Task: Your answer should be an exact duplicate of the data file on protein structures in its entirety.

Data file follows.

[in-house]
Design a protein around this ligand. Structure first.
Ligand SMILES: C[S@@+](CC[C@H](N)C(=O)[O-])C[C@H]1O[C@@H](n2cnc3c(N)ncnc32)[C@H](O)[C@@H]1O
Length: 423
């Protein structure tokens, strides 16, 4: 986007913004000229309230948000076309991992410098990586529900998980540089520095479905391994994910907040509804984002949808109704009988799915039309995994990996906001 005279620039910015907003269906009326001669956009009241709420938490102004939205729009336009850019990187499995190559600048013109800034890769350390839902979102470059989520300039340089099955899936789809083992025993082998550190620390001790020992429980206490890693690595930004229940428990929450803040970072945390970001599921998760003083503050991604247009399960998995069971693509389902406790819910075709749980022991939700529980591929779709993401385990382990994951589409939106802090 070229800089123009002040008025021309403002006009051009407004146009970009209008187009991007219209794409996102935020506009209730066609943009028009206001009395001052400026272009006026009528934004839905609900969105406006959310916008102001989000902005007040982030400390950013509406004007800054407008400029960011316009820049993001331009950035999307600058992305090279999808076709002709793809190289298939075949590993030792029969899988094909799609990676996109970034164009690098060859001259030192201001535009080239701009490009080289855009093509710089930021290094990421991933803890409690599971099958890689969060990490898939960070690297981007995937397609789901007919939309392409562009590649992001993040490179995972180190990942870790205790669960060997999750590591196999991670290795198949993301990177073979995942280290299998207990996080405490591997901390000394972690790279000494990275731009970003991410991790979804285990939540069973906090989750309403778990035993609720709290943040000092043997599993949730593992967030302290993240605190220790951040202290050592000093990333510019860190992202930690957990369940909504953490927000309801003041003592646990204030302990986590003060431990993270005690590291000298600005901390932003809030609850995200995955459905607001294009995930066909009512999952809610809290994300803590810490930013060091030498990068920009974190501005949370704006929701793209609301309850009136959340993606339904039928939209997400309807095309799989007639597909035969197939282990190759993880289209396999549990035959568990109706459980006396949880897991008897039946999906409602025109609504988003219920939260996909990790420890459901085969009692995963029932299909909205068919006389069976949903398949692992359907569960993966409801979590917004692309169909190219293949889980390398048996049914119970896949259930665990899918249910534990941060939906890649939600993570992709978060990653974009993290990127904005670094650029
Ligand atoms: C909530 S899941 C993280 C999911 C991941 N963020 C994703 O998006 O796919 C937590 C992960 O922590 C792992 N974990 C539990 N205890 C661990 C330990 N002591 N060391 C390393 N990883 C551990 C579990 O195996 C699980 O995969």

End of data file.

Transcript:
[in-house]
Design a protein around this ligand. Structure first.
Ligand SMILES: C[S@@+](CC[C@H](N)C(=O)[O-])C[C@H]1O[C@@H](n2cnc3c(N)ncnc32)[C@H](O)[C@@H]1O
Length: 423
């Protein structure tokens, strides 16, 4: 986007913004000229309230948000076309991992410098990586529900998980540089520095479905391994994910907040509804984002949808109704009988799915039309995994990996906001 005279620039910015907003269906009326001669956009009241709420938490102004939205729009336009850019990187499995190559600048013109800034890769350390839902979102470059989520300039340089099955899936789809083992025993082998550190620390001790020992429980206490890693690595930004229940428990929450803040970072945390970001599921998760003083503050991604247009399960998995069971693509389902406790819910075709749980022991939700529980591929779709993401385990382990994951589409939106802090 070229800089123009002040008025021309403002006009051009407004146009970009209008187009991007219209794409996102935020506009209730066609943009028009206001009395001052400026272009006026009528934004839905609900969105406006959310916008102001989000902005007040982030400390950013509406004007800054407008400029960011316009820049993001331009950035999307600058992305090279999808076709002709793809190289298939075949590993030792029969899988094909799609990676996109970034164009690098060859001259030192201001535009080239701009490009080289855009093509710089930021290094990421991933803890409690599971099958890689969060990490898939960070690297981007995937397609789901007919939309392409562009590649992001993040490179995972180190990942870790205790669960060997999750590591196999991670290795198949993301990177073979995942280290299998207990996080405490591997901390000394972690790279000494990275731009970003991410991790979804285990939540069973906090989750309403778990035993609720709290943040000092043997599993949730593992967030302290993240605190220790951040202290050592000093990333510019860190992202930690957990369940909504953490927000309801003041003592646990204030302990986590003060431990993270005690590291000298600005901390932003809030609850995200995955459905607001294009995930066909009512999952809610809290994300803590810490930013060091030498990068920009974190501005949370704006929701793209609301309850009136959340993606339904039928939209997400309807095309799989007639597909035969197939282990190759993880289209396999549990035959568990109706459980006396949880897991008897039946999906409602025109609504988003219920939260996909990790420890459901085969009692995963029932299909909205068919006389069976949903398949692992359907569960993966409801979590917004692309169909190219293949889980390398048996049914119970896949259930665990899918249910534990941060939906890649939600993570992709978060990653974009993290990127904005670094650029
Ligand atoms: C909530 S899941 C993280 C999911 C991941 N963020 C994703 O998006 O796919 C937590 C992960 O922590 C792992 N974990 C539990 N205890 C661990 C330990 N002591 N060391 C390393 N990883 C551990 C579990 O195996 C699980 O995969």